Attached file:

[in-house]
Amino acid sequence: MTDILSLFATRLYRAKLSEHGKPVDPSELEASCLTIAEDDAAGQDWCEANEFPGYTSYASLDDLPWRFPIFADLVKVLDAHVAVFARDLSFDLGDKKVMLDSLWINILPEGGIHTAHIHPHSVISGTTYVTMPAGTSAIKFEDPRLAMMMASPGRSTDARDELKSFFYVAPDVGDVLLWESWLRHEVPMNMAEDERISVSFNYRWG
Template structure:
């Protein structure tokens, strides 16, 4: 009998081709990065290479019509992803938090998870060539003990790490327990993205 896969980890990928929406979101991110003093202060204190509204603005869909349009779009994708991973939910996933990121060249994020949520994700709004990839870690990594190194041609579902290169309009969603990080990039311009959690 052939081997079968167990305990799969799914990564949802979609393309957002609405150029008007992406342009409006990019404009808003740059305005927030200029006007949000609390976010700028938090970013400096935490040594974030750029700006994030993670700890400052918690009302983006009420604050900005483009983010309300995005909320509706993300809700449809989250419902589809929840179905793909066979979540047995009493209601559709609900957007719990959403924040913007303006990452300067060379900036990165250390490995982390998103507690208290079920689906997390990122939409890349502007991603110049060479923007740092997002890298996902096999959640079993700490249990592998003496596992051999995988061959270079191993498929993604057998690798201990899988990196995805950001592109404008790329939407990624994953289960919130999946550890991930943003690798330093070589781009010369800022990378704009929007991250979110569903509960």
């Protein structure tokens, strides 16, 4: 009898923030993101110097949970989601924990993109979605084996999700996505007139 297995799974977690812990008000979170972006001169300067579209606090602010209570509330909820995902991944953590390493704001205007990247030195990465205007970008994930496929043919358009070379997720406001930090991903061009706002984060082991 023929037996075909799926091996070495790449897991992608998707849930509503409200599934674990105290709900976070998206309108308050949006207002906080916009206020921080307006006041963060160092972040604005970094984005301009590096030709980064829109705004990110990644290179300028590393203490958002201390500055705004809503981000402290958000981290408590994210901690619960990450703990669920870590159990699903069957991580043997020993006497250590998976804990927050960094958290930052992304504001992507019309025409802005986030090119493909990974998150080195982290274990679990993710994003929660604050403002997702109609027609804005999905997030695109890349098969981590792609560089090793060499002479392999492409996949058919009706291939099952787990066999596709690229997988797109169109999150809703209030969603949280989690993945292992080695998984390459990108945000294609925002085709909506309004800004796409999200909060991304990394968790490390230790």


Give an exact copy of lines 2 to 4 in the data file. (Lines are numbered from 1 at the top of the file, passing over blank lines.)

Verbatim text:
Amino acid sequence: MTDILSLFATRLYRAKLSEHGKPVDPSELEASCLTIAEDDAAGQDWCEANEFPGYTSYASLDDLPWRFPIFADLVKVLDAHVAVFARDLSFDLGDKKVMLDSLWINILPEGGIHTAHIHPHSVISGTTYVTMPAGTSAIKFEDPRLAMMMASPGRSTDARDELKSFFYVAPDVGDVLLWESWLRHEVPMNMAEDERISVSFNYRWG
Template structure:
């Protein structure tokens, strides 16, 4: 009998081709990065290479019509992803938090998870060539003990790490327990993205 896969980890990928929406979101991110003093202060204190509204603005869909349009779009994708991973939910996933990121060249994020949520994700709004990839870690990594190194041609579902290169309009969603990080990039311009959690 052939081997079968167990305990799969799914990564949802979609393309957002609405150029008007992406342009409006990019404009808003740059305005927030200029006007949000609390976010700028938090970013400096935490040594974030750029700006994030993670700890400052918690009302983006009420604050900005483009983010309300995005909320509706993300809700449809989250419902589809929840179905793909066979979540047995009493209601559709609900957007719990959403924040913007303006990452300067060379900036990165250390490995982390998103507690208290079920689906997390990122939409890349502007991603110049060479923007740092997002890298996902096999959640079993700490249990592998003496596992051999995988061959270079191993498929993604057998690798201990899988990196995805950001592109404008790329939407990624994953289960919130999946550890991930943003690798330093070589781009010369800022990378704009929007991250979110569903509960």